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From Rosh Hashana to Reparations

Robin Alexander

Posted on September 22, 2020 15:22

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One of the most important parts of observing Rosh Hashana is repentance -- making things right with the people in our lives. But what is the proper way to repent? The rabbis provide an answer to that question, and in doing so, spell out the perfect argument for, well, reparations: 1. Acknowledge what you have done. 2. Feel a measure of regret. 3. Be determined not to do it again. 4. Repair the effects, if at all possible. 5. Ask for forgiveness.

I don’t say that we should conduct our lives according to a set of laws developed in the Bronze Age when the idea of a periscope, Petri dish, or periodic table weren’t even gleams in a scrivener’s eye. However, we can retain ethical ideas regarding simple human decency and build on them. So, “acknowledge, regret, forswear, repair, and ask forgiveness.” Good. When do we start? 

Here’s the irony. Clearly the most horrific event in Jewish history was the Holocaust; the most evil villain was the Nazi. And yet . . . 

Recently, the mother of a dear friend of mine died. For months, she received around-the-clock care that was 100% paid for by the German government. This was part of German Holocaust Reparations. World War II ended in 1945. By 1953, this program had been proposed, negotiated, ratified, and put into effect. Eight years. It took a mere eight years. (According to the Claims Conference, a nonprofit organization that distributes funds from Germany to Holocaust survivors, the German government has paid out approximately $70 billion in reparations to Jewish Holocaust survivors since 1953.)

Slavery in the U.S. ended 155 years ago — I won’t go into Jim Crow, mass incarceration, segregation, police brutality and the systematic erosion of voting rights. Let’s just stick with 250 years of slavery. We still haven’t delivered the 40 acres and a mule that Lincoln promised in Special Field Orders No. 15 and the Freedmen's Bureau bills. (These were reversed by Andrew Johnson who took office after Lincoln’s assassination).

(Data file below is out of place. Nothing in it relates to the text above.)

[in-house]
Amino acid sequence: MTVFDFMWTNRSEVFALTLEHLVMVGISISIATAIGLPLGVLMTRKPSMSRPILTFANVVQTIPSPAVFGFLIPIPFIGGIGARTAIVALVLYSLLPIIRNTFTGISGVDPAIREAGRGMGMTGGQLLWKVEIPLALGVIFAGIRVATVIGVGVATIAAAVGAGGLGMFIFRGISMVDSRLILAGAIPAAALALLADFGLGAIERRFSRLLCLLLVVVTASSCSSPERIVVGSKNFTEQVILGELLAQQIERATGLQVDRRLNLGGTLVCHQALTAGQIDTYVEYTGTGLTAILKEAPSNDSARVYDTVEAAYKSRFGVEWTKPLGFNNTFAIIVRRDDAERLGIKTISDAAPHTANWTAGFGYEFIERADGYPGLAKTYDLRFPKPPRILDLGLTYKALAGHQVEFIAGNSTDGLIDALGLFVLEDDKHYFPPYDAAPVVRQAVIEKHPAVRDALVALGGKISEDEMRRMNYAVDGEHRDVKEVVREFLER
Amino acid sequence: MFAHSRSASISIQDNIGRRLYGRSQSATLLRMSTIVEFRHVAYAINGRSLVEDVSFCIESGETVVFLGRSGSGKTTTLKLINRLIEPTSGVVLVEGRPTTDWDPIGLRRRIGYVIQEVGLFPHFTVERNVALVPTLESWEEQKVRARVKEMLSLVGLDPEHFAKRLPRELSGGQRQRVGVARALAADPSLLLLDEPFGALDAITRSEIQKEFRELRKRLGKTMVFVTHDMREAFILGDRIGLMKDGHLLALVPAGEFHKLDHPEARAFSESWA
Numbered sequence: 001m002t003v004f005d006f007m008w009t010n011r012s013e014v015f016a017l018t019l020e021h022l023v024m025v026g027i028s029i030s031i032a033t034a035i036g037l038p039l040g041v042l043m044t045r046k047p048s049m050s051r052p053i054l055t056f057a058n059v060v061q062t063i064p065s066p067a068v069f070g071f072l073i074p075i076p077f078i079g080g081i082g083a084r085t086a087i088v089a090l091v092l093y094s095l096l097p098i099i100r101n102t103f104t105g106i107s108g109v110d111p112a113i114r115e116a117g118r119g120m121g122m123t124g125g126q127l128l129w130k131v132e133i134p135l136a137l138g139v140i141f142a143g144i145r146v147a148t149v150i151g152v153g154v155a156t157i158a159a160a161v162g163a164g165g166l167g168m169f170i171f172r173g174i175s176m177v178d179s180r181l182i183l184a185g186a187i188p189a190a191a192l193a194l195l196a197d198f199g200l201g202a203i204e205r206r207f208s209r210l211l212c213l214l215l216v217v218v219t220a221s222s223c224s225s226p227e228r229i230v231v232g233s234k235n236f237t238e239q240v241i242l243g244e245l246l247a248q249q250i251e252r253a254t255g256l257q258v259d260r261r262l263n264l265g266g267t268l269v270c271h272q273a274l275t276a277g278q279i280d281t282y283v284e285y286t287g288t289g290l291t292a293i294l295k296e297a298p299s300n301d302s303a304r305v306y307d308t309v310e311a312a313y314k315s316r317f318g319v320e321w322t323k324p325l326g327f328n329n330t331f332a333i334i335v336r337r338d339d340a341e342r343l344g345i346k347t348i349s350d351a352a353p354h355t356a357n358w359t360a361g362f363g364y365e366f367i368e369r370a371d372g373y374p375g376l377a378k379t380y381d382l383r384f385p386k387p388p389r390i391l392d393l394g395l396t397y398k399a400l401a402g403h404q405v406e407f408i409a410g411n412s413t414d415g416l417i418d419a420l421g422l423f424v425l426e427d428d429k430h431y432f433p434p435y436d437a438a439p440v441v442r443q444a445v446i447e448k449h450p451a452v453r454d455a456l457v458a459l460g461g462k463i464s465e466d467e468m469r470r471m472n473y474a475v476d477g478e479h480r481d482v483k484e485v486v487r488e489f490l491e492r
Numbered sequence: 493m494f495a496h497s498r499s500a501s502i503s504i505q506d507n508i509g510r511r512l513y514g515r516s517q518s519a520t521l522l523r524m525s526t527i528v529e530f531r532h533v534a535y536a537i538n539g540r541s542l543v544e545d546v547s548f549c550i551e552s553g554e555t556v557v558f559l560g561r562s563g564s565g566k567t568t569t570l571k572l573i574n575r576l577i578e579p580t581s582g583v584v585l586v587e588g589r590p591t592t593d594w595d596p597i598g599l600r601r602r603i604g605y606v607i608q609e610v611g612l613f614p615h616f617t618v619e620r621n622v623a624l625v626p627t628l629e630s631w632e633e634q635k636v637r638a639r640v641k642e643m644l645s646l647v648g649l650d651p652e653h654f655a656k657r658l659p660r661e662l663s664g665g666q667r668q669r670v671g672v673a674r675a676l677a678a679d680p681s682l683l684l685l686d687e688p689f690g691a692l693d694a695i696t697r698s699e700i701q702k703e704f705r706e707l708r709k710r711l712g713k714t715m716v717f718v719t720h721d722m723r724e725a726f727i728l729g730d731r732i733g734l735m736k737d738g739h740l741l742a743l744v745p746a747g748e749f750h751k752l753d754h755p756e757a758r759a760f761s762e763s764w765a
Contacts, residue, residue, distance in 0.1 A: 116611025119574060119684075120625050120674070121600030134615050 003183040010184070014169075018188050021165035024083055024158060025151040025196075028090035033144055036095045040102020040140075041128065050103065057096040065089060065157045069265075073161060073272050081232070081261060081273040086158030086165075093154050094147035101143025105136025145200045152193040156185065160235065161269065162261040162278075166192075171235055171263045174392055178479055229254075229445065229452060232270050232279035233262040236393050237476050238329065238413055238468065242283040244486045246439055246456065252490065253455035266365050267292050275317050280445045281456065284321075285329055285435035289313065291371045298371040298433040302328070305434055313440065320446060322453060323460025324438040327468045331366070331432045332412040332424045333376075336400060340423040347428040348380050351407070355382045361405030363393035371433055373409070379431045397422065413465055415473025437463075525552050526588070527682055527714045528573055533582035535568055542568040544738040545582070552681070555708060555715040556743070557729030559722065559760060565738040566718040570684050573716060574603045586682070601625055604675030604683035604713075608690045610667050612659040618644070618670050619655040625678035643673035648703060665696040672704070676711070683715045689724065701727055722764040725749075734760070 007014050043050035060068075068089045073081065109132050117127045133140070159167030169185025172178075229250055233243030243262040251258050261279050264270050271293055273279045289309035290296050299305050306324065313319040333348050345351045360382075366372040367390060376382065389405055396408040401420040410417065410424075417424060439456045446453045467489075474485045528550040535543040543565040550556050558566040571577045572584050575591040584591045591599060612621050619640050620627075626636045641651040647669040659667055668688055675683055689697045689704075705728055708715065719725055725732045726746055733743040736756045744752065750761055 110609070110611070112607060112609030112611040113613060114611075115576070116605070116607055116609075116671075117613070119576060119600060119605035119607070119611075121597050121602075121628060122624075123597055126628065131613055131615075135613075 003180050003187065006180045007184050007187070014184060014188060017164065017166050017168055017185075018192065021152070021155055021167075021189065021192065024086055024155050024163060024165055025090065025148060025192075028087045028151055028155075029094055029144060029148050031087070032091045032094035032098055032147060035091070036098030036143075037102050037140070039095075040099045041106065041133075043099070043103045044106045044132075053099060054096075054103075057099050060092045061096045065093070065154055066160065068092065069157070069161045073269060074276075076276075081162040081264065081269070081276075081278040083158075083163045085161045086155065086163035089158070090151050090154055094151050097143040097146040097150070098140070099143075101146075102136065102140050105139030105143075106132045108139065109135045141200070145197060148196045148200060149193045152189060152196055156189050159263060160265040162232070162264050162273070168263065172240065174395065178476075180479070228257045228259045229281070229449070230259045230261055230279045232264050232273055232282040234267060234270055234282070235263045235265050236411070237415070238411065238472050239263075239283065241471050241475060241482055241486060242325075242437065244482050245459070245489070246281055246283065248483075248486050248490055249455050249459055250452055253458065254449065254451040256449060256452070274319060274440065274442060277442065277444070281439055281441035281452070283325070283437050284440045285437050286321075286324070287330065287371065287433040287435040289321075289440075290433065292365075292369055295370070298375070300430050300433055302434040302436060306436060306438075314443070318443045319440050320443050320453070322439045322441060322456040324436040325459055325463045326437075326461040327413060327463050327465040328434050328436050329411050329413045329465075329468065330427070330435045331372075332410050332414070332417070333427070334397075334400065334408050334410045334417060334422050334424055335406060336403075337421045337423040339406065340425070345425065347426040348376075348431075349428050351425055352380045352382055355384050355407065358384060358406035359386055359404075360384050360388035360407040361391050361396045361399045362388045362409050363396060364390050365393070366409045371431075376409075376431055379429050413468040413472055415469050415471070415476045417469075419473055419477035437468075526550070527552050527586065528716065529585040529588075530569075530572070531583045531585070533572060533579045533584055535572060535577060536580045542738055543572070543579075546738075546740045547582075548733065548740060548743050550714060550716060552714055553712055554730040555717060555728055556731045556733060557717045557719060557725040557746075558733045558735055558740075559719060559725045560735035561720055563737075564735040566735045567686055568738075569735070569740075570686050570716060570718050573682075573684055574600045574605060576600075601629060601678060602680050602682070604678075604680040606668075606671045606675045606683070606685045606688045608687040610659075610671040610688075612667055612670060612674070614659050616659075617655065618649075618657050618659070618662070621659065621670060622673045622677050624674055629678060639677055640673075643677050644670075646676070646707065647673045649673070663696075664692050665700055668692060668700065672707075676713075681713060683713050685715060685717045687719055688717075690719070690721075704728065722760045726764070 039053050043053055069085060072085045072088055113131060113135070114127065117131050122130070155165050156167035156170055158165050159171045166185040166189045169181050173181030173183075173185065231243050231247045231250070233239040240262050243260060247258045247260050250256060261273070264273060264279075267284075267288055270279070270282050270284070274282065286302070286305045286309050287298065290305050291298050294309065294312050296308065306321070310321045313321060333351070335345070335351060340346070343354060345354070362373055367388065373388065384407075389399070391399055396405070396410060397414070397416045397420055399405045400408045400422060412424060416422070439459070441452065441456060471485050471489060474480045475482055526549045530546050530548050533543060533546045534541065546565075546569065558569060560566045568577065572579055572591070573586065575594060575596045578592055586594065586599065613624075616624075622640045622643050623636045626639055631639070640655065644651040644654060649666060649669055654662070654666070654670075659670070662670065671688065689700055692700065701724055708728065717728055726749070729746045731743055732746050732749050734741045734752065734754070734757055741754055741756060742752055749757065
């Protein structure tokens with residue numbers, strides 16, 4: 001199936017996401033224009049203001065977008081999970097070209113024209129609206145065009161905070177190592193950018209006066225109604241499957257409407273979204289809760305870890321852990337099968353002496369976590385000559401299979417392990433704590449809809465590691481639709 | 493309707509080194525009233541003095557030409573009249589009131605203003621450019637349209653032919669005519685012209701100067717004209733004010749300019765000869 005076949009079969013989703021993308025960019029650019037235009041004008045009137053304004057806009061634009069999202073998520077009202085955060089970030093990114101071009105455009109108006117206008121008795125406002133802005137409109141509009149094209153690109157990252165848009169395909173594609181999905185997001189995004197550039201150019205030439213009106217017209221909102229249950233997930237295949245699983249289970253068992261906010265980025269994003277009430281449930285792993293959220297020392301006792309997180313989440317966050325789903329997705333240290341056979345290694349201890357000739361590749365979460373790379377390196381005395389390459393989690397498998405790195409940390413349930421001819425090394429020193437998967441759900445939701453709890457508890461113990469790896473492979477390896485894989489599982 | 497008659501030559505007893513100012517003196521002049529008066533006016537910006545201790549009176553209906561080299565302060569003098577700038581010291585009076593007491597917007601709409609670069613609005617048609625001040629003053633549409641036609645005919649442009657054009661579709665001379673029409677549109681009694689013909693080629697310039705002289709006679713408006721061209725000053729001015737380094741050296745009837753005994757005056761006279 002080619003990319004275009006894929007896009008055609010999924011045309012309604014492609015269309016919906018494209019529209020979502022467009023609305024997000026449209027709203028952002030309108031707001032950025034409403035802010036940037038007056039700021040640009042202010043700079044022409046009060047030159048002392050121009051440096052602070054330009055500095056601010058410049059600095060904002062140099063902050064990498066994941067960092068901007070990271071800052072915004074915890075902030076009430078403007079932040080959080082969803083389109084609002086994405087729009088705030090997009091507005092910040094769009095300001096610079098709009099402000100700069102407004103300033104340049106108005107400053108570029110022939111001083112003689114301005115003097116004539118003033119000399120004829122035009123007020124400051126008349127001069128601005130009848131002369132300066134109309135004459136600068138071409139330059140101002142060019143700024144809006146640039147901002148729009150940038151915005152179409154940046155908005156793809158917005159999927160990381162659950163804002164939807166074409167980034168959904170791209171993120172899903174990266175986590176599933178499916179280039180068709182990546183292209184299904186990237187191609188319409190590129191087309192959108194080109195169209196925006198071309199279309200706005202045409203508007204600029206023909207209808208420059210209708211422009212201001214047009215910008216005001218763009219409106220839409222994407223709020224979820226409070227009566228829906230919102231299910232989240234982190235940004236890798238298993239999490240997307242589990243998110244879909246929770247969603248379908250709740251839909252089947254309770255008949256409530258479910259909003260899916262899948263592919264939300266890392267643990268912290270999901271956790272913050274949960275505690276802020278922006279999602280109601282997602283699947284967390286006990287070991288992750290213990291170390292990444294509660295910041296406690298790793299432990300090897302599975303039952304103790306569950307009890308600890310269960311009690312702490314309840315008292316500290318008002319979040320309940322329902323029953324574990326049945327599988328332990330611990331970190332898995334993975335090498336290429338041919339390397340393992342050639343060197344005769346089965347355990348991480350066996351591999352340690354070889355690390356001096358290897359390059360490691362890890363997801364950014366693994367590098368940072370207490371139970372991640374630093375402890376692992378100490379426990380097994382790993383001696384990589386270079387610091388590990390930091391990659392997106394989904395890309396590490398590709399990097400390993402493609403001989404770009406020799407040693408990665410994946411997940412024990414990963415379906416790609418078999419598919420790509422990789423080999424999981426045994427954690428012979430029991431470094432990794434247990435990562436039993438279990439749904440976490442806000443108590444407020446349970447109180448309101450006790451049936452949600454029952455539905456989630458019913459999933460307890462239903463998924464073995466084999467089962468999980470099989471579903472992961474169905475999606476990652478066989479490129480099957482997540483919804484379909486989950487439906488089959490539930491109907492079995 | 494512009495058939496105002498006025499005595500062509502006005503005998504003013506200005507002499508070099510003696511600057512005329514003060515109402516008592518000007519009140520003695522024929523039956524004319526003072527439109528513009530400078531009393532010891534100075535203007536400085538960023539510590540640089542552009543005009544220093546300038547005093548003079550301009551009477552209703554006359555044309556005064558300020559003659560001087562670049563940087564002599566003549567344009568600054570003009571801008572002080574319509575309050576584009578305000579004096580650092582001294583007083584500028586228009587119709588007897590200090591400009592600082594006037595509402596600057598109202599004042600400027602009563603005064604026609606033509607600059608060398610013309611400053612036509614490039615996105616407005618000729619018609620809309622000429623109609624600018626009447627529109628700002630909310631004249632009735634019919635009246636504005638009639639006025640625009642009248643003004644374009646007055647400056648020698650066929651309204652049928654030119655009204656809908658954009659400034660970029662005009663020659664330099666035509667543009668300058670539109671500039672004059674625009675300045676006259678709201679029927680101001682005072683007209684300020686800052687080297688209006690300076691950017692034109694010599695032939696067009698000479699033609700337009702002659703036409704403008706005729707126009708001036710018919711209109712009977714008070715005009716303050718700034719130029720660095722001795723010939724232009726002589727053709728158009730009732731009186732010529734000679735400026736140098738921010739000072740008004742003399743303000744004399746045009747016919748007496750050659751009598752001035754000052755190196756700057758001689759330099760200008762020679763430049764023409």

As journalist Susan Neiman wrote one year ago in The Atlantic, “Germany has no monuments that celebrate the Nazi armed forces, however many grandfathers fought or fell for them. Instead, it has a dizzying number and variety of monuments to the victims of its murderous racism.” This is a "deliberate national penance that most Germans now take for granted," wrote Neiman, a Jew who lived in Berlin for decades.

Statues and monuments are, of course, merely symbolic. Having said that, I absolutely recognize the power of symbols. I simply mean that eliminating statues and monuments that commemorate the Confederacy does not put wealth into anyone’s pocket; it does not come close to anything resembling a process of repentance. It is simply an important, albeit symbolic, gesture. 

Nevertheless, the supposedly good citizens of the U.S.A. continually struggle with the issue of confederate statues and monuments. It’s no wonder we can’t “acknowledge, regret, forswear, repair and ask for forgiveness.” That is how stupid and stubborn we are. 

So right now, in my book, as we begin the Hebrew year 5781, Germany is way ahead of the United States when it comes to simple human decency. 

Robin Alexander

Posted on September 22, 2020 15:22

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